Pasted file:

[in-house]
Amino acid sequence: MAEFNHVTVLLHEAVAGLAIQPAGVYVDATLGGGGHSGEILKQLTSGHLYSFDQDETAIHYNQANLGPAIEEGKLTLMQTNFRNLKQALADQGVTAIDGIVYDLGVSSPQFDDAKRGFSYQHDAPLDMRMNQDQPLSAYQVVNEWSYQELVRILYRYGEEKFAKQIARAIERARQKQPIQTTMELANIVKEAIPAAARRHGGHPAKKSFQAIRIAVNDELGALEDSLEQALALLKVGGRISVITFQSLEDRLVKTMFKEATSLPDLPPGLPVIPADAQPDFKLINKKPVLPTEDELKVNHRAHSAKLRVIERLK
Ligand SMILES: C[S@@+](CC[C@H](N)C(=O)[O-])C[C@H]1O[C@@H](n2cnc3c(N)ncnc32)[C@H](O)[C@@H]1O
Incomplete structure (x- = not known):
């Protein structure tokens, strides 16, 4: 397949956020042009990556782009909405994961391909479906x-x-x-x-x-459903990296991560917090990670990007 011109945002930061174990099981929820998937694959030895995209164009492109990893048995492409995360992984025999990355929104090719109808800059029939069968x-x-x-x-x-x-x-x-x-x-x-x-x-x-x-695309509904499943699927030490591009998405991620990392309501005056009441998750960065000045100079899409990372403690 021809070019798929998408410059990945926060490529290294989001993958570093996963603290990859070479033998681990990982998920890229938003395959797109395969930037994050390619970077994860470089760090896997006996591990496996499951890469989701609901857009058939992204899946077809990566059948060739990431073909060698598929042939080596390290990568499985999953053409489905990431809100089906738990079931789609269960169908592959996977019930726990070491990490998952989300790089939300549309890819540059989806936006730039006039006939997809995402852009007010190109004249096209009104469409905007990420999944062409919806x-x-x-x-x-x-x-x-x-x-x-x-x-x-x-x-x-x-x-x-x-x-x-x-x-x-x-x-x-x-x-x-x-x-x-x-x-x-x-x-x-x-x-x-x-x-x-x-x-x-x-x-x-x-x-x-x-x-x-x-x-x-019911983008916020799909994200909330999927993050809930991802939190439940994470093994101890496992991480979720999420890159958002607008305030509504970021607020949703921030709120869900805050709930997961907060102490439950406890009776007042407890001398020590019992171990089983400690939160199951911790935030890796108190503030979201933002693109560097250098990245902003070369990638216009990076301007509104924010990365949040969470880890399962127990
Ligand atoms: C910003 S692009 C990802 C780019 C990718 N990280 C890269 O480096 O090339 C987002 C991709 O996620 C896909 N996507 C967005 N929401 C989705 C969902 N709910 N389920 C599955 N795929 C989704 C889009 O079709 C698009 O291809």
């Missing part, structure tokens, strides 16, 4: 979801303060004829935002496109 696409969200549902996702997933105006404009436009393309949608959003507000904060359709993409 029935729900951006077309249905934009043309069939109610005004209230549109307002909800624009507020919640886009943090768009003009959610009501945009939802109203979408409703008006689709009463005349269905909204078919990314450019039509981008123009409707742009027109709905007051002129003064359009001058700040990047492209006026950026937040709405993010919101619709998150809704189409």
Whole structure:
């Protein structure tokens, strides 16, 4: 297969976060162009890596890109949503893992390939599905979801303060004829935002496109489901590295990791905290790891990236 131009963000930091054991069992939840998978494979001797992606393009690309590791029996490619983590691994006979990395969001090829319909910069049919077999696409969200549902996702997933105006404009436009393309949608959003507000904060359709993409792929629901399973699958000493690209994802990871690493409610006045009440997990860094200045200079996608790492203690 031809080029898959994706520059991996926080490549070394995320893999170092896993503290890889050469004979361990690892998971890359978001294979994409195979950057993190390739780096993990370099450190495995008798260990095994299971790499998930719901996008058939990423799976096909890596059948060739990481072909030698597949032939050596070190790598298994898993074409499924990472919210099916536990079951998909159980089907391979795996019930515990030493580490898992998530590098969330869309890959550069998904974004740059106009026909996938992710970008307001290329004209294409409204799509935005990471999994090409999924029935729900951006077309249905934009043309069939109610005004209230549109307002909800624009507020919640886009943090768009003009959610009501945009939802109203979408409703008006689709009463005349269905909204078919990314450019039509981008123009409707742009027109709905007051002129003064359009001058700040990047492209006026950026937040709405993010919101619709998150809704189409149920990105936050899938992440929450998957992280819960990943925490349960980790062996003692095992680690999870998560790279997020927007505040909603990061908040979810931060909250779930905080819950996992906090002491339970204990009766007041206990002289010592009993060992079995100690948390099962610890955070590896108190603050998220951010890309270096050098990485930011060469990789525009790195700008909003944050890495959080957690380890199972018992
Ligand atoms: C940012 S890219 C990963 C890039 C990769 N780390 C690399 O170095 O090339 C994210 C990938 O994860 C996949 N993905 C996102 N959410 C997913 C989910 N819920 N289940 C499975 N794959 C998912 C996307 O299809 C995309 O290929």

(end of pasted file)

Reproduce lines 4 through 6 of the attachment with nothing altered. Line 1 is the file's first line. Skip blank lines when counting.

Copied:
Incomplete structure (x- = not known):
């Protein structure tokens, strides 16, 4: 397949956020042009990556782009909405994961391909479906x-x-x-x-x-459903990296991560917090990670990007 011109945002930061174990099981929820998937694959030895995209164009492109990893048995492409995360992984025999990355929104090719109808800059029939069968x-x-x-x-x-x-x-x-x-x-x-x-x-x-x-695309509904499943699927030490591009998405991620990392309501005056009441998750960065000045100079899409990372403690 021809070019798929998408410059990945926060490529290294989001993958570093996963603290990859070479033998681990990982998920890229938003395959797109395969930037994050390619970077994860470089760090896997006996591990496996499951890469989701609901857009058939992204899946077809990566059948060739990431073909060698598929042939080596390290990568499985999953053409489905990431809100089906738990079931789609269960169908592959996977019930726990070491990490998952989300790089939300549309890819540059989806936006730039006039006939997809995402852009007010190109004249096209009104469409905007990420999944062409919806x-x-x-x-x-x-x-x-x-x-x-x-x-x-x-x-x-x-x-x-x-x-x-x-x-x-x-x-x-x-x-x-x-x-x-x-x-x-x-x-x-x-x-x-x-x-x-x-x-x-x-x-x-x-x-x-x-x-x-x-x-x-019911983008916020799909994200909330999927993050809930991802939190439940994470093994101890496992991480979720999420890159958002607008305030509504970021607020949703921030709120869900805050709930997961907060102490439950406890009776007042407890001398020590019992171990089983400690939160199951911790935030890796108190503030979201933002693109560097250098990245902003070369990638216009990076301007509104924010990365949040969470880890399962127990
Ligand atoms: C910003 S692009 C990802 C780019 C990718 N990280 C890269 O480096 O090339 C987002 C991709 O996620 C896909 N996507 C967005 N929401 C989705 C969902 N709910 N389920 C599955 N795929 C989704 C889009 O079709 C698009 O291809």